O’Loughlin: Montana can’t afford cuts to health and human services
Budget illustration (By the Blue Diamond Gallery, Creative Commons BY-SA 3.0).
Imagine someone gave you $1 million and told you to spend $1,000 every day and come back when you ran out of money. You would return in less than three years. If someone then gave you a billion dollars and you spent $1,000 each day, it would take you 2,740 years before it was gone.
That’s how much money the 2021 Montana Legislature is already proposing to cut from the state budget to pay for tax breaks for the wealthiest Montanans. The impact of this nearly $1 billion cut cannot be understated. Families, seniors, and people with disabilities who shouldered the brunt of similar budget cuts in 2017 will be hurt again, while the wealthy and special interests avoid paying their fair share.
We need look no further than three years ago to understand the impacts of what cuts do to communities. Every corner of Montana faced the consequences: Hundreds of jobs lost, service providers closed their doors, parents of children with developmental disabilities unable to find services, aging parents and those with disabilities on waitlists to get services so they could stay in their homes, and increased pressure on local communities, schools, and law enforcement when basic safety net programs and behavioral health services disappear. This makes it all the more outrageous that Republican leadership kicked off the session to cut many of those same services – again.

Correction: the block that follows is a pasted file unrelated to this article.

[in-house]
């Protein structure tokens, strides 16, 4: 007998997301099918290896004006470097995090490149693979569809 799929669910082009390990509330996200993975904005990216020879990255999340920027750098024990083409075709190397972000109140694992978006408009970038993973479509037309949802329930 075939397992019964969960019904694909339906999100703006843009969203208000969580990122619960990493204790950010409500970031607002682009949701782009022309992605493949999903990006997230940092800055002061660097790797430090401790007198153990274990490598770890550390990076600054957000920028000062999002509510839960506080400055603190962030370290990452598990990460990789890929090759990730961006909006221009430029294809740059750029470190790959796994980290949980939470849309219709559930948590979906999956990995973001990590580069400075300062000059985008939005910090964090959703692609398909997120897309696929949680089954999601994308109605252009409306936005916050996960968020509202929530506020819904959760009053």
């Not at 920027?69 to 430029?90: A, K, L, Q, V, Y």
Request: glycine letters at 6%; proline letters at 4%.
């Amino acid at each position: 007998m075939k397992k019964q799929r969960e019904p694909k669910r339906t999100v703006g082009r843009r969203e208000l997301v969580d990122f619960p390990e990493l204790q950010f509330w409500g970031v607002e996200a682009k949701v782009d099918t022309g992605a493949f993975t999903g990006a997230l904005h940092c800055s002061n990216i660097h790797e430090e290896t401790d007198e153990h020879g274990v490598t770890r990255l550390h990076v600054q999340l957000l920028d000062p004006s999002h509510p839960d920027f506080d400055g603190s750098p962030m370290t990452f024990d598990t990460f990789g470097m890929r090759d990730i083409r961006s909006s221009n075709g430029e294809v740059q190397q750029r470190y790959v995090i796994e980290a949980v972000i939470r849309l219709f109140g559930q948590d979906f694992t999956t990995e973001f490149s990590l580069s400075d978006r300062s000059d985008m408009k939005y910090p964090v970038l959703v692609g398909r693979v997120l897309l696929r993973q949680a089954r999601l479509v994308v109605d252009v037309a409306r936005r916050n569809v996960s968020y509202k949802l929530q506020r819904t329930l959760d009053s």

2020 upended Montanans’ lives: Citizens lost their jobs, their savings, and their health care. We lost loved ones and feared for the safety of those around us. Many continue to face tough choices: Going to work or even finding a job, putting food on the table, fearing losing their home, and keeping our families safe.
Yet, those in control seem more focused on tax cuts that will largely benefit large businesses and the wealthiest. For example, a proposed income tax cut will result in 79 percent of the benefit going to the wealthiest 20 percent of taxpayers. Those with annual incomes in excess of $500,000 would see an average tax break of $1,314, while those making less than $40,000 would get just $1, on average. This tax break would cost the state more than $33 million in the next biennium.
We must come together and find common ground. Policymakers can craft a responsible budget that supports communities and invests in new opportunities that truly move Montana forward. Our state needs new revenue, not budget cuts and tax breaks for the wealthy. We must reinforce the systems that are meant to serve families and communities. This is how we make sure we all have what we need, not just during times of crisis, but every day.
The choice facing Legislators is clear: They can choose the well-being of families and communities, or they can choose to put the weight of this economic recession on those hurting the most, prolonging our state’s recovery. As the Legislature embarks on yet another challenging budget cycle, Montanans cannot afford a repeat of what occurred three years ago. If we want Montana to rebuild and become an even better place for families in all 56 counties, then the state must do the right thing by investing in our communities and supporting the very programs that help families get back on their feet.
O’Loughlin is the co-director of the nonpartisan Montana Budget & Policy Center is a nonprofit organization providing research and analysis on budget, tax, and economic issues.
Our stories may be republished online or in print under Creative Commons license CC BY-NC-ND 4.0. We ask that you edit only for style or to shorten, provide proper attribution and link to our web site. Please see our republishing guidelines for use of photos and graphics.